This means that we have focused on deploying new services and products that offer quick savings for clients whilst moving them towards the strategic objective of low-cost web-based applications.

StatPro has built a solid reputation as a supplier of Data for valuations and Analytics systems that cover Performance, Attribution, Risk, Compliance, GIPS and Reporting. Right now, most of StatPro’s clients deploy our software on their own servers. They feed the software with index data and market data from third parties and finally with their own data. The result is that the cost of the software we supply (on a subscription basis) amounts to less than 10% of their total annual cost of ownership in most cases. IT costs are about 10%< , data supply will be about 30% and 50% employee costs although some of those employee costs relate to managing IT and data.

We are in a position to offer our clients the IT platform and the third party data and we believe that by doing so we can reduce the total cost of ownership to 70% or less of what it is despite charging additional fees for IT and data. This is because we can offer the IT platform together with the index and market data at a very low rate.

Apart from saving our clients money, we will also improve their service as we will have direct access to their system in the event there is a problem. We will also save our clients further money because we will not have to charge them to upgrade their software. The clients will receive upgrades when we are ready, not when their IT departments are ready. Overall, the complexity of process and the management time required to follow it all will be slashed so there will be other hidden savings and benefits. If a client buys more products from us to replace legacy software we will offer further discounts and savings.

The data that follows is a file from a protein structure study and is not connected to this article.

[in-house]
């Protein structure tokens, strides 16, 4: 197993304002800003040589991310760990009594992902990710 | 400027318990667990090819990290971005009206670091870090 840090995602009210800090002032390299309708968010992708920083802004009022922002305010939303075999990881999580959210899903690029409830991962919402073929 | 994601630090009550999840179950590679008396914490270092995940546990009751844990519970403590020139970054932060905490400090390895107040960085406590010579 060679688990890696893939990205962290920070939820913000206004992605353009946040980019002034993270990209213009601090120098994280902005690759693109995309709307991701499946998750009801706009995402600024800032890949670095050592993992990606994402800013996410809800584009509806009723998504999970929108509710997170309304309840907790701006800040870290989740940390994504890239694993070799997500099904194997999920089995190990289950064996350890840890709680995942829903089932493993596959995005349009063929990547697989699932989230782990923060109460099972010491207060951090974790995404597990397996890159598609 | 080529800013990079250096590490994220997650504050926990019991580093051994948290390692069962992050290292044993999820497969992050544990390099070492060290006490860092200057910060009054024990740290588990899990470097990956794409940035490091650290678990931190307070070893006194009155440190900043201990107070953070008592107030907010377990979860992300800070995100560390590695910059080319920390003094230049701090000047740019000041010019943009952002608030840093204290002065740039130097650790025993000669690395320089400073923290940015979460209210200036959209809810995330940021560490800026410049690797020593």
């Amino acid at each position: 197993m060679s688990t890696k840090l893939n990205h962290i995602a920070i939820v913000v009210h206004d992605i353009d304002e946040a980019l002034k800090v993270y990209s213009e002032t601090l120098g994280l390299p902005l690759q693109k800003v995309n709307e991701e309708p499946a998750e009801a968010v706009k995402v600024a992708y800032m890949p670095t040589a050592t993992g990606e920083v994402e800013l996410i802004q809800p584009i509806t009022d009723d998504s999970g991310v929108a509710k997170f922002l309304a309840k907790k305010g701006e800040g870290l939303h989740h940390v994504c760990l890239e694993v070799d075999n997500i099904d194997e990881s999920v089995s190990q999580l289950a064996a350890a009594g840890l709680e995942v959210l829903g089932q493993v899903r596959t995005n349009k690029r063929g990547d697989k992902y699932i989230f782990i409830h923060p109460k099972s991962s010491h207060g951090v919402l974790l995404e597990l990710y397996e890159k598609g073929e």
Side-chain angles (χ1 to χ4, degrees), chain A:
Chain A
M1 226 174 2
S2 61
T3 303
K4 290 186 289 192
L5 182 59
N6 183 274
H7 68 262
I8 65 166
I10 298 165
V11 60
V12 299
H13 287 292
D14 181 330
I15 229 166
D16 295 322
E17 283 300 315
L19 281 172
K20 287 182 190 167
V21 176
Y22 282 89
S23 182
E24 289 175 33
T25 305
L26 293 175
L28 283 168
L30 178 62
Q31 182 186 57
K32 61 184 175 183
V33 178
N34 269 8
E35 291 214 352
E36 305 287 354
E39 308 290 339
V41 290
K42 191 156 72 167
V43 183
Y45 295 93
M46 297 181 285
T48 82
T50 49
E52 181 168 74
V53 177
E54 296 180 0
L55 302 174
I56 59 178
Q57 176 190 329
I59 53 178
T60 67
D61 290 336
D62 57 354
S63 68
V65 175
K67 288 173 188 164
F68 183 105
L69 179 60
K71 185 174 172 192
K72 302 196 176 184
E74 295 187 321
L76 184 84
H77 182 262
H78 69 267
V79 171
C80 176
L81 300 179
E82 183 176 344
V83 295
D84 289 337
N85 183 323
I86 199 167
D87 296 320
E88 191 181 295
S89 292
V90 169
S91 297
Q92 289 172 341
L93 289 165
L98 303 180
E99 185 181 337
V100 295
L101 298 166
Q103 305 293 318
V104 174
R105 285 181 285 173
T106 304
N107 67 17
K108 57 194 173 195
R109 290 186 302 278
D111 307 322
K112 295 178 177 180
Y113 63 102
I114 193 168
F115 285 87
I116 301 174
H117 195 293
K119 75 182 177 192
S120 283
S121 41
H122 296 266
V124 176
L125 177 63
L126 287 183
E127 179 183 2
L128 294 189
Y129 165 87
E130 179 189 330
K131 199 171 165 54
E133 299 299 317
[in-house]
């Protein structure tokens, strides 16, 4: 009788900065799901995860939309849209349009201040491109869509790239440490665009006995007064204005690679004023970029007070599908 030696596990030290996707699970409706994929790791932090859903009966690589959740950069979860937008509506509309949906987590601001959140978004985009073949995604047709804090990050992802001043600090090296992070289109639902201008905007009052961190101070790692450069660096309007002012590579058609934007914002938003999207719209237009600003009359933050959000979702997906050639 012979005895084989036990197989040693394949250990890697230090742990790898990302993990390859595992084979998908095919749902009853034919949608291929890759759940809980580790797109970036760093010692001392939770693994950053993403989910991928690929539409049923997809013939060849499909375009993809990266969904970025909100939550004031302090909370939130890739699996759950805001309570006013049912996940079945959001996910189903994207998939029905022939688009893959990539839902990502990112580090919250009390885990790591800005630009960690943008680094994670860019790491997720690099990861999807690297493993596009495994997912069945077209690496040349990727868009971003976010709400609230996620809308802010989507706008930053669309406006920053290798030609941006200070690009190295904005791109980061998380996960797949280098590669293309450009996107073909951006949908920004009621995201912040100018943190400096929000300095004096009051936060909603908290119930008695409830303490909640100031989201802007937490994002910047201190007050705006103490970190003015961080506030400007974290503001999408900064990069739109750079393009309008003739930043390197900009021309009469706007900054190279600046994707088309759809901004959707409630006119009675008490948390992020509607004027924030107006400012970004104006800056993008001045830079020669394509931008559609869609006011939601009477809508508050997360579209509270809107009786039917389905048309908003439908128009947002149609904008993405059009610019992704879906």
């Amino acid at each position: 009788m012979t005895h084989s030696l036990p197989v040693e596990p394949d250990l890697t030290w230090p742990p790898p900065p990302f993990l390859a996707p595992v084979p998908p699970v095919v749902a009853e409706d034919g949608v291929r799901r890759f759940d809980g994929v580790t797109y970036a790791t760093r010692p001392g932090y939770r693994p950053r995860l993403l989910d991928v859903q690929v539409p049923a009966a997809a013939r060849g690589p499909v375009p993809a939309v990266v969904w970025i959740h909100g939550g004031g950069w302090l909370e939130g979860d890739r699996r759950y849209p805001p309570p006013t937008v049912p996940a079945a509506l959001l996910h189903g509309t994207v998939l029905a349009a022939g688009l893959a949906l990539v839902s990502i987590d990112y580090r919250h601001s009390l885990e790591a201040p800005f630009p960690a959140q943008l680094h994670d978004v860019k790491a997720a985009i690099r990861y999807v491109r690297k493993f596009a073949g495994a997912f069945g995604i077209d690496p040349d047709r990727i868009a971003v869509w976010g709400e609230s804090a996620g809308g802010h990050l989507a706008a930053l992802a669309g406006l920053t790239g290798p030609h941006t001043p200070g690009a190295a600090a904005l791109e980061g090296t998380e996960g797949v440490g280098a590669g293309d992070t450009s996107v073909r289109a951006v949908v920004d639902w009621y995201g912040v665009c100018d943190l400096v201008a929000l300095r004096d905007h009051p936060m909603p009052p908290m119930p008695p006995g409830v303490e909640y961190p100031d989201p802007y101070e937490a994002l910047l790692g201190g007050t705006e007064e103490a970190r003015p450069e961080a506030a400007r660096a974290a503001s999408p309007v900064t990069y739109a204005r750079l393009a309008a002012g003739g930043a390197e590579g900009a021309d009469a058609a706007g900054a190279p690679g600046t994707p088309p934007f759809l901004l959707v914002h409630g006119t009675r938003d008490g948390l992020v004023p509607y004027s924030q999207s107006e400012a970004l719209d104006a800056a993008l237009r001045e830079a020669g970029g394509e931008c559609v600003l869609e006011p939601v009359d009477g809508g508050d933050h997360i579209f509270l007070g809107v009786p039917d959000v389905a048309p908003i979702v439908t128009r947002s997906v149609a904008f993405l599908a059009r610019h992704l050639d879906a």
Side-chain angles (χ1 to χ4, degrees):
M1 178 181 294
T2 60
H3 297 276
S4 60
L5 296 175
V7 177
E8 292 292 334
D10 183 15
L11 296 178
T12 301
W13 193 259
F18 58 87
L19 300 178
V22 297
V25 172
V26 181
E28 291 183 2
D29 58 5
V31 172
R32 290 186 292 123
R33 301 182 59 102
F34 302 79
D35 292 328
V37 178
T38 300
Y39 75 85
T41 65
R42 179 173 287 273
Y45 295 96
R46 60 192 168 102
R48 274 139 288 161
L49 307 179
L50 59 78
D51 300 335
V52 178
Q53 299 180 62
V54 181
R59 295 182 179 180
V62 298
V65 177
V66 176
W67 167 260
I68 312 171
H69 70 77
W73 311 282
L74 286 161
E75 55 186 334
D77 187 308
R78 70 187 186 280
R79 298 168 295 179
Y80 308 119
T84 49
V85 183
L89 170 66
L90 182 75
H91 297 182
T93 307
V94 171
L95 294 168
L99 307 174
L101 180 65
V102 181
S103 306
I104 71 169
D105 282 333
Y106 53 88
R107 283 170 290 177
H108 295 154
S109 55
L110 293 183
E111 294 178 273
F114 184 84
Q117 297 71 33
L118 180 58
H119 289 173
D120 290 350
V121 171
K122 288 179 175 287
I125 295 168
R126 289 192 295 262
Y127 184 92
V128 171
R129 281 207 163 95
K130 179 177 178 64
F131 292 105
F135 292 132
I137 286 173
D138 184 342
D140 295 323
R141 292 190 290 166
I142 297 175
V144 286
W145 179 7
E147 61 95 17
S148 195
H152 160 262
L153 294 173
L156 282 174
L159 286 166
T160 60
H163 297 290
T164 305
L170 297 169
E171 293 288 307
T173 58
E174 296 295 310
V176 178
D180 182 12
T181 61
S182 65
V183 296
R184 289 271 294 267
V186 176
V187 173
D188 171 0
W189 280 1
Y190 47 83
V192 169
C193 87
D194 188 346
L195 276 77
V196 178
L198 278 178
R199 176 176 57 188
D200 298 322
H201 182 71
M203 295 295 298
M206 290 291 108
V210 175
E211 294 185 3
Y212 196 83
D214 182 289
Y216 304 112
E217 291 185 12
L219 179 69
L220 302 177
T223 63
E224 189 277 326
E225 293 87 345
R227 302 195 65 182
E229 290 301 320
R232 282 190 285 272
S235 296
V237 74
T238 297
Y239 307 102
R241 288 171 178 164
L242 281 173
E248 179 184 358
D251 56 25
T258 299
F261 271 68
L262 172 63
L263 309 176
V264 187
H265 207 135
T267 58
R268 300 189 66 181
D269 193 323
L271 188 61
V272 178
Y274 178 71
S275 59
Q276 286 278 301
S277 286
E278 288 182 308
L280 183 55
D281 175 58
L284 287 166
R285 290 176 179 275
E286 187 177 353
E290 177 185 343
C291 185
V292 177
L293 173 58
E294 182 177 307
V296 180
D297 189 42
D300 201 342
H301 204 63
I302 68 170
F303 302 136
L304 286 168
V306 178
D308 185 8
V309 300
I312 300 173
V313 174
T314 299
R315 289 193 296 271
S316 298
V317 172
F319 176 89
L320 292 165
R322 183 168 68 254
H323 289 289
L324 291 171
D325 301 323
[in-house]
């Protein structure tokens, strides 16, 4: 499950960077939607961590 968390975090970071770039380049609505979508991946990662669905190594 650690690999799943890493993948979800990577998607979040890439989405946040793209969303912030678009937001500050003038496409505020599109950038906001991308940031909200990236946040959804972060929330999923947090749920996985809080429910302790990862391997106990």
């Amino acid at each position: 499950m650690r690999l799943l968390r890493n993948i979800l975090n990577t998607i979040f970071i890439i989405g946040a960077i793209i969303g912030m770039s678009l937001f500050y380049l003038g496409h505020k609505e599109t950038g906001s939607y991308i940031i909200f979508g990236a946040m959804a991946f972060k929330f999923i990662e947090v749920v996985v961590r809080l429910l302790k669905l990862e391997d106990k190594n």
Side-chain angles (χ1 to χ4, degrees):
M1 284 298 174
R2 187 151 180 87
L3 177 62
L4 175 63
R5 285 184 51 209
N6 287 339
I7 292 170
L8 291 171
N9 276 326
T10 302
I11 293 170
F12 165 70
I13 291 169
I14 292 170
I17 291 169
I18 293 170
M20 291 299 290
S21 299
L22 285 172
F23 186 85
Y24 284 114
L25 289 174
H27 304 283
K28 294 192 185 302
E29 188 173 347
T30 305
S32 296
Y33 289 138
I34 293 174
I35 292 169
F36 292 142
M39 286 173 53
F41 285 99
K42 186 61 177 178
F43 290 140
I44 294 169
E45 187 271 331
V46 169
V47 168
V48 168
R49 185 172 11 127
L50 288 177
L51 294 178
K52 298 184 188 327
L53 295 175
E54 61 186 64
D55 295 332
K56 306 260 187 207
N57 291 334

It is also important to note that it will be easy for the clients to take this new service as it is a simple matter of us putting their existing system on to our platform. From there we will upgrade them progressively and, from their point of view, painlessly.

The second stage in our strategy is what we call SaaS2 which is a SaaS product built from scratch. This product takes full advantage of all the latest technology as well as our accumulated knowledge about our products. Once the platform is launched however, it will be relatively easy for us to migrate clients to it from the SaaS1 platform if they wish to use it. This new platform will be released in beta form during 2009 and go live in 2010.

Many asset managers must be thinking about SaaS as a way to reduce their costs, but the obstacle they will encounter is the complexity of getting there and doing so for a wide number of applications. We believe that our approach offers a strategic shift with clear and immediate savings whilst laying the groundwork for the final move to a pure SaaS platform which in turn will allow greater savings.